“Did you know there are giant catfish below the Toledo Bend dam?”
That was the question posed to me recently at one of my local speaking engagements.
“And they are so big divers are afraid to go down there and look at the dam. They say they are the size of Volkswagens!”
This story has been told over and over throughout my life and is considered absolute face by man. I have heard it about Toledo Bend recently but also other lakes in the Southeast Texas area and actually throughout the South.
Here are a few points I would like to make about this local legend that has been brought to life again due to photos circulating on the Internet (more on that later).
#I have been investigating these stories since 2005 and have never spoken with anyone who has actually seen the catfish. It is always their brother-in-laws cousin or something.
#The largest catfish in North America are the blue and flathead both of which live at Toledo Bend and other reservoirs in the South. They can attain weights of over 130 pounds and I have no doubt there are specimens quite a bit larger. In my opinion this legend began with a diver seeing a record-sized catfish in murky water and then the story grew from there. A Volkswagen-sized catfish would weigh closer to a ton. Such fish don’t exist here in the United States.
#If you have a Facebook account or e-mail address, you have probably seen the photos of anglers in the water with huge yellow-skinned catfish with a subject line like, “Angler’s Noodle World Record Flathead” or something like that. Well for starters, “noodling” is the practice of feeling around with your hands and grabbing catfish by the mouth and wrestling them to shore.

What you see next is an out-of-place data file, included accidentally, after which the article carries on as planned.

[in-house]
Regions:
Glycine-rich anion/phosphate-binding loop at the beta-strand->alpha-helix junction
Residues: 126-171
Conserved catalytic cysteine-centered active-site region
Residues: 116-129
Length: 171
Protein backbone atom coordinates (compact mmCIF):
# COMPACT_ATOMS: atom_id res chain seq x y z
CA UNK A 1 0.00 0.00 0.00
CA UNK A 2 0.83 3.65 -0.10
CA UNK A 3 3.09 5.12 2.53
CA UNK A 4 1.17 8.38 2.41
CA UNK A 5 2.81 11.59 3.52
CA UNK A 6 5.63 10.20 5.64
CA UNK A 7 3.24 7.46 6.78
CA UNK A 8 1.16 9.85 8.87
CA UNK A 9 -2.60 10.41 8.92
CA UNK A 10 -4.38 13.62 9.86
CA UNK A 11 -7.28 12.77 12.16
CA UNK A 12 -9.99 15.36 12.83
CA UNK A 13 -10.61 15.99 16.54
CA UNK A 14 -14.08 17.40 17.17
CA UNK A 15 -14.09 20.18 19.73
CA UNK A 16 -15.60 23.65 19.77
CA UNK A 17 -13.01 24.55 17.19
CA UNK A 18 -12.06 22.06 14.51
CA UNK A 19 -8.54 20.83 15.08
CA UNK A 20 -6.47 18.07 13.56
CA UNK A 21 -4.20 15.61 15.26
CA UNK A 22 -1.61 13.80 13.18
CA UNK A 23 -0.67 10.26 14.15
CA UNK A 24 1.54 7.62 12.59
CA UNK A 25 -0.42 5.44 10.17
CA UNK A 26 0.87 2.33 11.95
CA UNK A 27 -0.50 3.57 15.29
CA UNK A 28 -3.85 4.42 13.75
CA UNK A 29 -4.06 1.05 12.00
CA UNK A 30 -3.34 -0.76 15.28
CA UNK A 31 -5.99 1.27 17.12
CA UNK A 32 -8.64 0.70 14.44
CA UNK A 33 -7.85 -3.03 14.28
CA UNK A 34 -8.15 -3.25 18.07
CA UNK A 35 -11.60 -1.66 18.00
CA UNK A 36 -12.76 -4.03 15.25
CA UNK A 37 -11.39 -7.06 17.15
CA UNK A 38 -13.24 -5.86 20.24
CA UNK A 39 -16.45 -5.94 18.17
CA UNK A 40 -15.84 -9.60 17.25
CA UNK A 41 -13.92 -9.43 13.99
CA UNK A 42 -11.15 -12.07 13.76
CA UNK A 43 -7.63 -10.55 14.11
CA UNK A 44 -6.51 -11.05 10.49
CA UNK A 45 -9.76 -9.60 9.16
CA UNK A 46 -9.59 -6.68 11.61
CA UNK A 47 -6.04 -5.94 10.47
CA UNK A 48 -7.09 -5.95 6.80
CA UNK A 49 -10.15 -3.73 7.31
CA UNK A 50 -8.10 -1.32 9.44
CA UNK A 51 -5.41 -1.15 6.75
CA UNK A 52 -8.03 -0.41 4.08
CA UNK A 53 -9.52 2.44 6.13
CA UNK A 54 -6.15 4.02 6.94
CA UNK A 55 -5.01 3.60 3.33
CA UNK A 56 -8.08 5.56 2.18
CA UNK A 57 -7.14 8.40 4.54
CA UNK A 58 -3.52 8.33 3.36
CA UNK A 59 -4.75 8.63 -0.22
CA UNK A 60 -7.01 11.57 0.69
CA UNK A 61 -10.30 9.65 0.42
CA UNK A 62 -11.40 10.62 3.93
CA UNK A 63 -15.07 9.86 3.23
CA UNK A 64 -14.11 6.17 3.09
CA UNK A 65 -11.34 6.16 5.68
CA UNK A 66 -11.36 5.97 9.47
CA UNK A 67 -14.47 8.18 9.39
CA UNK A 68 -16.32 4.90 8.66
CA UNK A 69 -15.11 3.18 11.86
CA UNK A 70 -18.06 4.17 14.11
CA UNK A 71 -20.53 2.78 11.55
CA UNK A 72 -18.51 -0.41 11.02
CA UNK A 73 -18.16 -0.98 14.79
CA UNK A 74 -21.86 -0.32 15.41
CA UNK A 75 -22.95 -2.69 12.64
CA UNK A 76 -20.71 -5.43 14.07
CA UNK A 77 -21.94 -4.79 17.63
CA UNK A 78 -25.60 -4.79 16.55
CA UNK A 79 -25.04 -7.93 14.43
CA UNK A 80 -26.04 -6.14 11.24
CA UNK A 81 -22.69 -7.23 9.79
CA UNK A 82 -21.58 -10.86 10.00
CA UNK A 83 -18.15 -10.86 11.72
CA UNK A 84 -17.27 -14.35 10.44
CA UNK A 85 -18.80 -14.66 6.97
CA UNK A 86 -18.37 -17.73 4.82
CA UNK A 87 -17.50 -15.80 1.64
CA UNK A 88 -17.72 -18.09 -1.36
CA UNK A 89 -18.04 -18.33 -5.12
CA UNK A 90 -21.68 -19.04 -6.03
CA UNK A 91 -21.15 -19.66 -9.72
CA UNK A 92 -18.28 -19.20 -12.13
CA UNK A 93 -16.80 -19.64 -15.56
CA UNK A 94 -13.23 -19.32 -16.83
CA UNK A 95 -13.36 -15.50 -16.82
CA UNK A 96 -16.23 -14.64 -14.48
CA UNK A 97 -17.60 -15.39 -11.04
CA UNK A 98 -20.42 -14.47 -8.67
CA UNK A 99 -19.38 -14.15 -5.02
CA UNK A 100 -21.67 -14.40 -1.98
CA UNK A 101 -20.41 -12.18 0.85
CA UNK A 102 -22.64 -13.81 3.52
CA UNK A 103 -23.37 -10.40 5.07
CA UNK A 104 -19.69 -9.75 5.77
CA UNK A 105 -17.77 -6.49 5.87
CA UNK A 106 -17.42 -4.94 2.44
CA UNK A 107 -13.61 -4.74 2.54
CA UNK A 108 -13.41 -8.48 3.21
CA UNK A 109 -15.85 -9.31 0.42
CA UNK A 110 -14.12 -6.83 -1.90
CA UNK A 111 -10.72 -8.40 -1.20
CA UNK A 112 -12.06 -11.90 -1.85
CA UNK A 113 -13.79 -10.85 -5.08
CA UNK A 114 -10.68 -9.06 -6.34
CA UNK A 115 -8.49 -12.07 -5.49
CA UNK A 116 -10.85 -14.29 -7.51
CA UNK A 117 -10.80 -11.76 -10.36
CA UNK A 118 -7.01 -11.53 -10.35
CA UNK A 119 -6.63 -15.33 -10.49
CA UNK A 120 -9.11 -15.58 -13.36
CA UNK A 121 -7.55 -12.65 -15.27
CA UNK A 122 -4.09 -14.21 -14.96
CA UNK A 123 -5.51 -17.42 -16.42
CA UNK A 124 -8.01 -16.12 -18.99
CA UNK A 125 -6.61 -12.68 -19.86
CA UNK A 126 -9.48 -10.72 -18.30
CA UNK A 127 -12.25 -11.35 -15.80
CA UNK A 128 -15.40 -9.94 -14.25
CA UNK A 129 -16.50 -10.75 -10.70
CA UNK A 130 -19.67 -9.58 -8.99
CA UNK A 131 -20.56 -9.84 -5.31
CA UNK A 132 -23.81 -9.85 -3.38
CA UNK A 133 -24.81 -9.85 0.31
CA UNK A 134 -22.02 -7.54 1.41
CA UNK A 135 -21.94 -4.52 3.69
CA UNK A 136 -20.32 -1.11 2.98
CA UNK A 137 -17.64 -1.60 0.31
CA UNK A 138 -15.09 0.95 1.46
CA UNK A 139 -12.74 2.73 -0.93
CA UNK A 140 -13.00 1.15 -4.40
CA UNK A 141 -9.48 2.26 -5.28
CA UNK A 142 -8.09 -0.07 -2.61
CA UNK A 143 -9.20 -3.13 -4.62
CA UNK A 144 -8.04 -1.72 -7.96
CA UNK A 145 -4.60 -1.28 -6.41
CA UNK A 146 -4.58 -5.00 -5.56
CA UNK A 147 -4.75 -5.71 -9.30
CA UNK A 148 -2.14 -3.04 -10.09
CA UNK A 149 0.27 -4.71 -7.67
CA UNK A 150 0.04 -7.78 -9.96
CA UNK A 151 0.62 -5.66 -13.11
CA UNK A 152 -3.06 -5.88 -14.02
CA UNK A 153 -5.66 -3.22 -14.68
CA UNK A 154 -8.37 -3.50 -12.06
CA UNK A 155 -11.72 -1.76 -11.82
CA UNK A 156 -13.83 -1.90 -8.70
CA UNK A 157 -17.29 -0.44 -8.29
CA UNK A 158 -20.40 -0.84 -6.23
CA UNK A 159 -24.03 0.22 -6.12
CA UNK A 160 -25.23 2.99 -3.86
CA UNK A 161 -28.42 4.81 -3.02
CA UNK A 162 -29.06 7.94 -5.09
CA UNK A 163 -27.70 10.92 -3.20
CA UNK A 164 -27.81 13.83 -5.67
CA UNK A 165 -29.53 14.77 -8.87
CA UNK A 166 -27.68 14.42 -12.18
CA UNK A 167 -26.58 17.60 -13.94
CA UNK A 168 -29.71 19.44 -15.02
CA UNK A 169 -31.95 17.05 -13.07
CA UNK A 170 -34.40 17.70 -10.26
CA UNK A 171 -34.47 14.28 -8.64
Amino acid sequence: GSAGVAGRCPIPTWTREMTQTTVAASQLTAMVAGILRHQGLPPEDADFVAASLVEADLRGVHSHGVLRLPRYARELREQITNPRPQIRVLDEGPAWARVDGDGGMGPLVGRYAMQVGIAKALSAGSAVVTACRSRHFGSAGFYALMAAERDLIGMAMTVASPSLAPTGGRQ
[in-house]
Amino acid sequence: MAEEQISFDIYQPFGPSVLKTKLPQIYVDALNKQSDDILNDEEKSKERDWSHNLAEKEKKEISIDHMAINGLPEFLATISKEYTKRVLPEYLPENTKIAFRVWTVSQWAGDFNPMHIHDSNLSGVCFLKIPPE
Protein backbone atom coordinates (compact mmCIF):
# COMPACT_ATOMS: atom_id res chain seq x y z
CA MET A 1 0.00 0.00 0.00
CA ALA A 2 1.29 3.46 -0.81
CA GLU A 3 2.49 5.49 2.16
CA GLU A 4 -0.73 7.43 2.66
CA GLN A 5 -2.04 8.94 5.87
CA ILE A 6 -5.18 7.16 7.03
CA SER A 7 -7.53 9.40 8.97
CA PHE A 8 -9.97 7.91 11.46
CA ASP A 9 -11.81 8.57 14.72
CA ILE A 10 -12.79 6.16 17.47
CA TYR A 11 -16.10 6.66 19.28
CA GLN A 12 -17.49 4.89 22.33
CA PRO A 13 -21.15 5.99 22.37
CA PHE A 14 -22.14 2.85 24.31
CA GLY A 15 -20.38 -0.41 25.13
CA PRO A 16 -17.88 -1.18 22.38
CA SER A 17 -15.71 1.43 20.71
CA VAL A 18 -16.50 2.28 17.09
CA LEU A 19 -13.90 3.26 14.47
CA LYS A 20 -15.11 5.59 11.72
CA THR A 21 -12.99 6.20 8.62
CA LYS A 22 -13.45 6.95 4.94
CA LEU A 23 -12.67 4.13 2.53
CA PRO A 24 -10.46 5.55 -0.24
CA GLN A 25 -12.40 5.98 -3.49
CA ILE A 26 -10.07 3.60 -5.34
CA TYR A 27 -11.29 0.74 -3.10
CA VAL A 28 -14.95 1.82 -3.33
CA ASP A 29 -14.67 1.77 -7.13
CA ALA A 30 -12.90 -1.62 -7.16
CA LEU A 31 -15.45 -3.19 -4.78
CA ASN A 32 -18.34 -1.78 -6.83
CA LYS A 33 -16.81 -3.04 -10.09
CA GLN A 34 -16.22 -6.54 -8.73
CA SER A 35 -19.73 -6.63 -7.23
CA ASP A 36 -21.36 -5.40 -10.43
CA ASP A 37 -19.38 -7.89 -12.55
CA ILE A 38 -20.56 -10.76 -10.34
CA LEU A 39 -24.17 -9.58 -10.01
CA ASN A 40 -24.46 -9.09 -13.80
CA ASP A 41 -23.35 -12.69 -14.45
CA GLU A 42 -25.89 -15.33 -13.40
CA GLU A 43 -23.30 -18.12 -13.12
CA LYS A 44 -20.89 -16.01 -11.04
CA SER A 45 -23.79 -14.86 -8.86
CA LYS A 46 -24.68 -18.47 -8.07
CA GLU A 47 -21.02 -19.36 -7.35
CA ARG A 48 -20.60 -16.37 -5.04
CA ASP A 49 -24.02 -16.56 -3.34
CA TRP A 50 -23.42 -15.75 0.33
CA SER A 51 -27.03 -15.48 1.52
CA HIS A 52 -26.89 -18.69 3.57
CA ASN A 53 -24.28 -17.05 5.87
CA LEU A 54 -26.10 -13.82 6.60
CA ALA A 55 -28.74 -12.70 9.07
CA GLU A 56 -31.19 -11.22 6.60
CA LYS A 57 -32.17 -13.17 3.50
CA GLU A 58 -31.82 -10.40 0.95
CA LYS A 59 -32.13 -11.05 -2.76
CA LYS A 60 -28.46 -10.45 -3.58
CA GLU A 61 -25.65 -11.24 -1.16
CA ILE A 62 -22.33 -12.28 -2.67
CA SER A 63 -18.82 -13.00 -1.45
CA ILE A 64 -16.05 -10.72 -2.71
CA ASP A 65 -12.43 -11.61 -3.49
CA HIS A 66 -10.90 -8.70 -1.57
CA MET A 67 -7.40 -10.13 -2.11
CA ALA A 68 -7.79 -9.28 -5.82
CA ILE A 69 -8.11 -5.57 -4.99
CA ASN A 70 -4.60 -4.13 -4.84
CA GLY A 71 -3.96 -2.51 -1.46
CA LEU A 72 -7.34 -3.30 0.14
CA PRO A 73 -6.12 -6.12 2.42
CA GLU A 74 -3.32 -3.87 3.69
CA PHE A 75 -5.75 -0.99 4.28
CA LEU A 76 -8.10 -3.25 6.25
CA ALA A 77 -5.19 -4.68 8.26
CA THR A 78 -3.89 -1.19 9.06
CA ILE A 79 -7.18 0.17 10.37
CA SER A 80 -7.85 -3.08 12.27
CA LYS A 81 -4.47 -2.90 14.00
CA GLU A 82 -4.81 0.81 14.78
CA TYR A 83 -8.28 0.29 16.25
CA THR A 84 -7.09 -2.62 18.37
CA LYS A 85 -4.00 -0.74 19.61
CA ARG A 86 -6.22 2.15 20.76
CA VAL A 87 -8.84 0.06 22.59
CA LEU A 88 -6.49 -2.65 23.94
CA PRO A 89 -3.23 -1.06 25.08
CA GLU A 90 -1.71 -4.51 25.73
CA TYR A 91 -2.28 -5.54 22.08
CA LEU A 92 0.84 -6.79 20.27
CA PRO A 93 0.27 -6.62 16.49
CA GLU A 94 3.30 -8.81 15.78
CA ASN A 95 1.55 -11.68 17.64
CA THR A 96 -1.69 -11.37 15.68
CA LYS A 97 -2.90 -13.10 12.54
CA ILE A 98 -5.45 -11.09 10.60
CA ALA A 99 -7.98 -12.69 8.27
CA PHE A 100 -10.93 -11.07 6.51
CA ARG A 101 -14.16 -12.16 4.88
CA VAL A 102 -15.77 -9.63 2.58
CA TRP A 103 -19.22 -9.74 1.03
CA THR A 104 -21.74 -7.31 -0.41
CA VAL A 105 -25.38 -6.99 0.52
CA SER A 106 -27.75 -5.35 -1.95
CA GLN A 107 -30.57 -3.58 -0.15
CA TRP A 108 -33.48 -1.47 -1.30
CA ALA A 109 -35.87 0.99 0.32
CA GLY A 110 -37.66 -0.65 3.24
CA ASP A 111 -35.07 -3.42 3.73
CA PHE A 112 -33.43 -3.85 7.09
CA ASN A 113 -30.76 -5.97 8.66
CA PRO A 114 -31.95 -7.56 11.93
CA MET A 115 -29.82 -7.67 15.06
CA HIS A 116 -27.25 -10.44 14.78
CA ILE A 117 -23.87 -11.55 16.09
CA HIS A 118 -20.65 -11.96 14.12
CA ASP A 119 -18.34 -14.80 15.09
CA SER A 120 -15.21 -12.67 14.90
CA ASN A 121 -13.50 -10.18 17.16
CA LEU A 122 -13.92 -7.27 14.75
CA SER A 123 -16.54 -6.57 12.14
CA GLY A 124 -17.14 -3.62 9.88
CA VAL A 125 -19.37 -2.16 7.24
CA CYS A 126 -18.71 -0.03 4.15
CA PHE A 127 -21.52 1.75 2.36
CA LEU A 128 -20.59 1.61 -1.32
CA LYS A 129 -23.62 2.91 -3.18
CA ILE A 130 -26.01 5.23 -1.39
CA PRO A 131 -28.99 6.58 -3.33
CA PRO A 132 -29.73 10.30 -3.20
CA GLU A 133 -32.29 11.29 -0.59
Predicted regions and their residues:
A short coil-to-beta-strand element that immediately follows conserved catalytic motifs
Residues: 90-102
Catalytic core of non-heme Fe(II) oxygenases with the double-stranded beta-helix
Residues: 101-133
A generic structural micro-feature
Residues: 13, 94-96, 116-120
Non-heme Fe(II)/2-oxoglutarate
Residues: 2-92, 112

The photos passed around the Internet of anglers with super-sized flatheads are not really flatheads at all. They are Wels catfish from Europe. They look almost exactly like flatheads except for the fins, which grow like a tadpole. And then there is the size. Wels grow up to 10 feet in length and catches of fish over six feet are common. The world record flathead was just over five feet in length.
My wife Lisa and I both caught Wels over seven feet in the Segra River in Spain in 2005 and nearly everyone who sees the photos thinks they are flatheads until we tell them differently.
Interestingly the guide on our trip told us that divers in that river work on and inspect the dam in shark cages.
“The dam divers work in shark cages because of the giant catfish,” he said.
The Wels (which can grow to over 10 feet in length) are aggressive enough to attack them. I was a bit skeptical of the attacks but then he pulled off his shirt and showed us a massive scare across his back of where a Wels bit him when he got into the water to try and land it.
The next time you see photos of giant catfish supposedly “noodled” look closely at the fins. It is probably a Wels. And the next time you hear of giant catfish below the dams, realize there is no way they are the size of an economy car.
Chester Moore, Jr.